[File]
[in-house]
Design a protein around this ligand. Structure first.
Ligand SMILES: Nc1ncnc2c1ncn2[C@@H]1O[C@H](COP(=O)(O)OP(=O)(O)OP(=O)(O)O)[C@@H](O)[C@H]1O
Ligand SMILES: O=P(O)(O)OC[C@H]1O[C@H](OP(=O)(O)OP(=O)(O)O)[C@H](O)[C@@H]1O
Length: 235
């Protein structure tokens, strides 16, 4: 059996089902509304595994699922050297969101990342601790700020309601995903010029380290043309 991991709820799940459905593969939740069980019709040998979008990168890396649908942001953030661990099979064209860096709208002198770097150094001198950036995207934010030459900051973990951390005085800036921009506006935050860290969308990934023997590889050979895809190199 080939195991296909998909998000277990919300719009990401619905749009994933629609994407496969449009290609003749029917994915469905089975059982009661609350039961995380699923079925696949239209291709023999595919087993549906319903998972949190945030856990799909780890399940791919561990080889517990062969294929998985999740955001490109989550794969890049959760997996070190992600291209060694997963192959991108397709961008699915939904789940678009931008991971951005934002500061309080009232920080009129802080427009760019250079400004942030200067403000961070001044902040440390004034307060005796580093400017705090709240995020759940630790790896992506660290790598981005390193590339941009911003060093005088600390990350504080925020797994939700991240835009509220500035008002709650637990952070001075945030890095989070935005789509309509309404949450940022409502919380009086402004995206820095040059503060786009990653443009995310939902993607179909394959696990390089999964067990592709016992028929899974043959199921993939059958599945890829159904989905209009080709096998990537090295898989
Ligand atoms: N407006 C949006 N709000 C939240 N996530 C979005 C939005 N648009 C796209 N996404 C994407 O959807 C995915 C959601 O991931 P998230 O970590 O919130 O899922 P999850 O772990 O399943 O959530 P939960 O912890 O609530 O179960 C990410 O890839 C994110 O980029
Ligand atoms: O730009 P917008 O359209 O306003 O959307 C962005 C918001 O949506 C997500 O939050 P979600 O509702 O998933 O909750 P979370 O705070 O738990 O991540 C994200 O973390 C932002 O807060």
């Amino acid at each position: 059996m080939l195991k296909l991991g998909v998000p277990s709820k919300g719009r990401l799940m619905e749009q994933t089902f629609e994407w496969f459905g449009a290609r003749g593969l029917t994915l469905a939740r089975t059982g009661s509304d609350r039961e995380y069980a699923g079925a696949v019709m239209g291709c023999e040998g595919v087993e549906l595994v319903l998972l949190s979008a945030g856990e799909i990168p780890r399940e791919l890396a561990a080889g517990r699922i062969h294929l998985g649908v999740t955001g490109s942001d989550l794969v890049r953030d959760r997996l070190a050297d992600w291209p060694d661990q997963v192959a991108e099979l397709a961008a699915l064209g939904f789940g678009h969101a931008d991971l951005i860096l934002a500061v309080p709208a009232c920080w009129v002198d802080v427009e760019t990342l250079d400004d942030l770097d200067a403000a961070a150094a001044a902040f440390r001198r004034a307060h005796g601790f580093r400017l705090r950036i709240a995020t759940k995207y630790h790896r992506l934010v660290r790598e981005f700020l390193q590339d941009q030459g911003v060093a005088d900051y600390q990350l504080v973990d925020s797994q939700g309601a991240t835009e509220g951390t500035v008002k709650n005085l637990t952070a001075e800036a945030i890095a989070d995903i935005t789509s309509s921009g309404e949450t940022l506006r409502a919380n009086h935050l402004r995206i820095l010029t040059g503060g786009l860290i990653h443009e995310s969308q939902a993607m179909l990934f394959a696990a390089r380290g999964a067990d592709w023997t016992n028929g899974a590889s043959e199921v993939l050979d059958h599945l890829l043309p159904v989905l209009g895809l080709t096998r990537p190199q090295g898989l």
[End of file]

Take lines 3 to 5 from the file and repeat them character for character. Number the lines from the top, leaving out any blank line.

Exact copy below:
Ligand SMILES: Nc1ncnc2c1ncn2[C@@H]1O[C@H](COP(=O)(O)OP(=O)(O)OP(=O)(O)O)[C@@H](O)[C@H]1O
Ligand SMILES: O=P(O)(O)OC[C@H]1O[C@H](OP(=O)(O)OP(=O)(O)O)[C@H](O)[C@@H]1O
Length: 235